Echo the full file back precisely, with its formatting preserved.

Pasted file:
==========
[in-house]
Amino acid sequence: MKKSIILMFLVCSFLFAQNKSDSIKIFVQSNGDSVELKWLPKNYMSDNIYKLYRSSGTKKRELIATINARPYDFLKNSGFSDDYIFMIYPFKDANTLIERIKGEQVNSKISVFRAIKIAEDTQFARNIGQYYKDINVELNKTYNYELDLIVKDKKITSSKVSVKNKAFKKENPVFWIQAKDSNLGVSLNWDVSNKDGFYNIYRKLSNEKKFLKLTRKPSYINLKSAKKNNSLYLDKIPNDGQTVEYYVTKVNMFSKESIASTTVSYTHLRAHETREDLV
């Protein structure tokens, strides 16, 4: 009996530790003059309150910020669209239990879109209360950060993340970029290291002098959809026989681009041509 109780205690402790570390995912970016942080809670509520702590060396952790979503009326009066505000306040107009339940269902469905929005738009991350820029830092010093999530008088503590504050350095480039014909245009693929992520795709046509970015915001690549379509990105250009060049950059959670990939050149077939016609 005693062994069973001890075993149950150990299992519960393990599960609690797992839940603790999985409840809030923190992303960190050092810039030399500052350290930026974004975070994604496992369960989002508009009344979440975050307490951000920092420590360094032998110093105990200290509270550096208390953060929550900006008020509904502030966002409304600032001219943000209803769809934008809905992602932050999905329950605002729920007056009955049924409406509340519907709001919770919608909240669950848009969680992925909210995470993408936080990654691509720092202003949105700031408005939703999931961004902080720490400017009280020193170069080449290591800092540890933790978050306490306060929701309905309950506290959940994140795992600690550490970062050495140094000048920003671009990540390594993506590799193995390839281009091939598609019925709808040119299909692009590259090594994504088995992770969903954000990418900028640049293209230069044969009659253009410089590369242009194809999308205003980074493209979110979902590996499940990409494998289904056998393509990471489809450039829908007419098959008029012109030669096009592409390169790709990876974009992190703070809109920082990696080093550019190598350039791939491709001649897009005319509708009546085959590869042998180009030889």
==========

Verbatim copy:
[in-house]
Amino acid sequence: MKKSIILMFLVCSFLFAQNKSDSIKIFVQSNGDSVELKWLPKNYMSDNIYKLYRSSGTKKRELIATINARPYDFLKNSGFSDDYIFMIYPFKDANTLIERIKGEQVNSKISVFRAIKIAEDTQFARNIGQYYKDINVELNKTYNYELDLIVKDKKITSSKVSVKNKAFKKENPVFWIQAKDSNLGVSLNWDVSNKDGFYNIYRKLSNEKKFLKLTRKPSYINLKSAKKNNSLYLDKIPNDGQTVEYYVTKVNMFSKESIASTTVSYTHLRAHETREDLV
């Protein structure tokens, strides 16, 4: 009996530790003059309150910020669209239990879109209360950060993340970029290291002098959809026989681009041509 109780205690402790570390995912970016942080809670509520702590060396952790979503009326009066505000306040107009339940269902469905929005738009991350820029830092010093999530008088503590504050350095480039014909245009693929992520795709046509970015915001690549379509990105250009060049950059959670990939050149077939016609 005693062994069973001890075993149950150990299992519960393990599960609690797992839940603790999985409840809030923190992303960190050092810039030399500052350290930026974004975070994604496992369960989002508009009344979440975050307490951000920092420590360094032998110093105990200290509270550096208390953060929550900006008020509904502030966002409304600032001219943000209803769809934008809905992602932050999905329950605002729920007056009955049924409406509340519907709001919770919608909240669950848009969680992925909210995470993408936080990654691509720092202003949105700031408005939703999931961004902080720490400017009280020193170069080449290591800092540890933790978050306490306060929701309905309950506290959940994140795992600690550490970062050495140094000048920003671009990540390594993506590799193995390839281009091939598609019925709808040119299909692009590259090594994504088995992770969903954000990418900028640049293209230069044969009659253009410089590369242009194809999308205003980074493209979110979902590996499940990409494998289904056998393509990471489809450039829908007419098959008029012109030669096009592409390169790709990876974009992190703070809109920082990696080093550019190598350039791939491709001649897009005319509708009546085959590869042998180009030889």